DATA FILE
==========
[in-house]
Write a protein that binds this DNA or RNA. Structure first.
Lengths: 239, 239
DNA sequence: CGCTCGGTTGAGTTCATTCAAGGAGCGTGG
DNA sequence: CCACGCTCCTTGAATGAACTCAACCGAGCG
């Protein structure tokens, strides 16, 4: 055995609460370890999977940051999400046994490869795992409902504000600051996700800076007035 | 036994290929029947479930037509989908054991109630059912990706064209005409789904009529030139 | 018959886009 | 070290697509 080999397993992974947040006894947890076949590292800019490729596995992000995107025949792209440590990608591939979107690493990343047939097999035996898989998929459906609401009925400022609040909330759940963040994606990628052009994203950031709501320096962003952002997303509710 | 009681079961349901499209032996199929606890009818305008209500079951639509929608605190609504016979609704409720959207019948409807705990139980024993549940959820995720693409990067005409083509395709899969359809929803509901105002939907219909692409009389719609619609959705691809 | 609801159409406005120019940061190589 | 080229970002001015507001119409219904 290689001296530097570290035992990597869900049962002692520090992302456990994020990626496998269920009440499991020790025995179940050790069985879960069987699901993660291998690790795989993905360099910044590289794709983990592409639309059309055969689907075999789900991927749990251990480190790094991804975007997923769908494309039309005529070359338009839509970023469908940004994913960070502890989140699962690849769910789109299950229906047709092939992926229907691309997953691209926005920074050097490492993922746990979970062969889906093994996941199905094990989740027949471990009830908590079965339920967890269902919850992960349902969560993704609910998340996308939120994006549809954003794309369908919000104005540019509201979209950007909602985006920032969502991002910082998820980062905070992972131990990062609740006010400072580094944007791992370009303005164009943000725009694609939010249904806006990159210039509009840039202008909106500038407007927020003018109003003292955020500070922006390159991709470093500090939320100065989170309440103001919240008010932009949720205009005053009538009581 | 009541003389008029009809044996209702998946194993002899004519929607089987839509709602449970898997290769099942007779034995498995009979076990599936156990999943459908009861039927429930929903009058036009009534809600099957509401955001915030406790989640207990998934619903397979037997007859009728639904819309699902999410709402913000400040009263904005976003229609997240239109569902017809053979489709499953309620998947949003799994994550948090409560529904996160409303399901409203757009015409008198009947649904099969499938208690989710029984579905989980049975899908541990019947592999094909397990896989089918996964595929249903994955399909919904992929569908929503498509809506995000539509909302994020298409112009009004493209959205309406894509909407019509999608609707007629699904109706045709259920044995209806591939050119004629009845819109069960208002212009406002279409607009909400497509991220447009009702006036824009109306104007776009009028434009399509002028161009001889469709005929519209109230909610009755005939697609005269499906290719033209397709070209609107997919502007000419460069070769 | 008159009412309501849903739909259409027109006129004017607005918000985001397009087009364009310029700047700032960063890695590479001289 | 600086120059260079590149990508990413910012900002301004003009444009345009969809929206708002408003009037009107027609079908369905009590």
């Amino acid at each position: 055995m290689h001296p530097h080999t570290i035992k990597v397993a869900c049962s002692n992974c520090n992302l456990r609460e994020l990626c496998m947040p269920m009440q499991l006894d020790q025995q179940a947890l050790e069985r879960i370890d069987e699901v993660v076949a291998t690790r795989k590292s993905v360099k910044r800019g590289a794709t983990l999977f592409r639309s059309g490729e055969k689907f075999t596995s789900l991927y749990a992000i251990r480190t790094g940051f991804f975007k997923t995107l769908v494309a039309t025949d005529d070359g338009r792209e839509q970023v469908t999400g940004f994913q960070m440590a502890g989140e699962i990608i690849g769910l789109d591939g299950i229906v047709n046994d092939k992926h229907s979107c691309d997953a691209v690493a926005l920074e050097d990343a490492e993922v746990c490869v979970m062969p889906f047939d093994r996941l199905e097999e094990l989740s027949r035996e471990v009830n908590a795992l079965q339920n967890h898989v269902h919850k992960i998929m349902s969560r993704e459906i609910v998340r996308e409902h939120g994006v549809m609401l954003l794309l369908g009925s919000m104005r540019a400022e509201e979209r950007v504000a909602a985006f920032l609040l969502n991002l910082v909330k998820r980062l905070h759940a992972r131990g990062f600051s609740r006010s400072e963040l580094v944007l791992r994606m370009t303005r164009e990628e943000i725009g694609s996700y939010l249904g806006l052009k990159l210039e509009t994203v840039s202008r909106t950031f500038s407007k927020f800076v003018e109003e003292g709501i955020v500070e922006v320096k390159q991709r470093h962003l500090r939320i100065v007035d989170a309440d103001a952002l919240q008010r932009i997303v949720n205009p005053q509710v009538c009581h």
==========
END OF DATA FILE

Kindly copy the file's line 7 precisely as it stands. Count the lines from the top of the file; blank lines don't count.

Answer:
């Amino acid at each position: 055995m290689h001296p530097h080999t570290i035992k990597v397993a869900c049962s002692n992974c520090n992302l456990r609460e994020l990626c496998m947040p269920m009440q499991l006894d020790q025995q179940a947890l050790e069985r879960i370890d069987e699901v993660v076949a291998t690790r795989k590292s993905v360099k910044r800019g590289a794709t983990l999977f592409r639309s059309g490729e055969k689907f075999t596995s789900l991927y749990a992000i251990r480190t790094g940051f991804f975007k997923t995107l769908v494309a039309t025949d005529d070359g338009r792209e839509q970023v469908t999400g940004f994913q960070m440590a502890g989140e699962i990608i690849g769910l789109d591939g299950i229906v047709n046994d092939k992926h229907s979107c691309d997953a691209v690493a926005l920074e050097d990343a490492e993922v746990c490869v979970m062969p889906f047939d093994r996941l199905e097999e094990l989740s027949r035996e471990v009830n908590a795992l079965q339920n967890h898989v269902h919850k992960i998929m349902s969560r993704e459906i609910v998340r996308e409902h939120g994006v549809m609401l954003l794309l369908g009925s919000m104005r540019a400022e509201e979209r950007v504000a909602a985006f920032l609040l969502n991002l910082v909330k998820r980062l905070h759940a992972r131990g990062f600051s609740r006010s400072e963040l580094v944007l791992r994606m370009t303005r164009e990628e943000i725009g694609s996700y939010l249904g806006l052009k990159l210039e509009t994203v840039s202008r909106t950031f500038s407007k927020f800076v003018e109003e003292g709501i955020v500070e922006v320096k390159q991709r470093h962003l500090r939320i100065v007035d989170a309440d103001a952002l919240q008010r932009i997303v949720n205009p005053q509710v009538c009581h």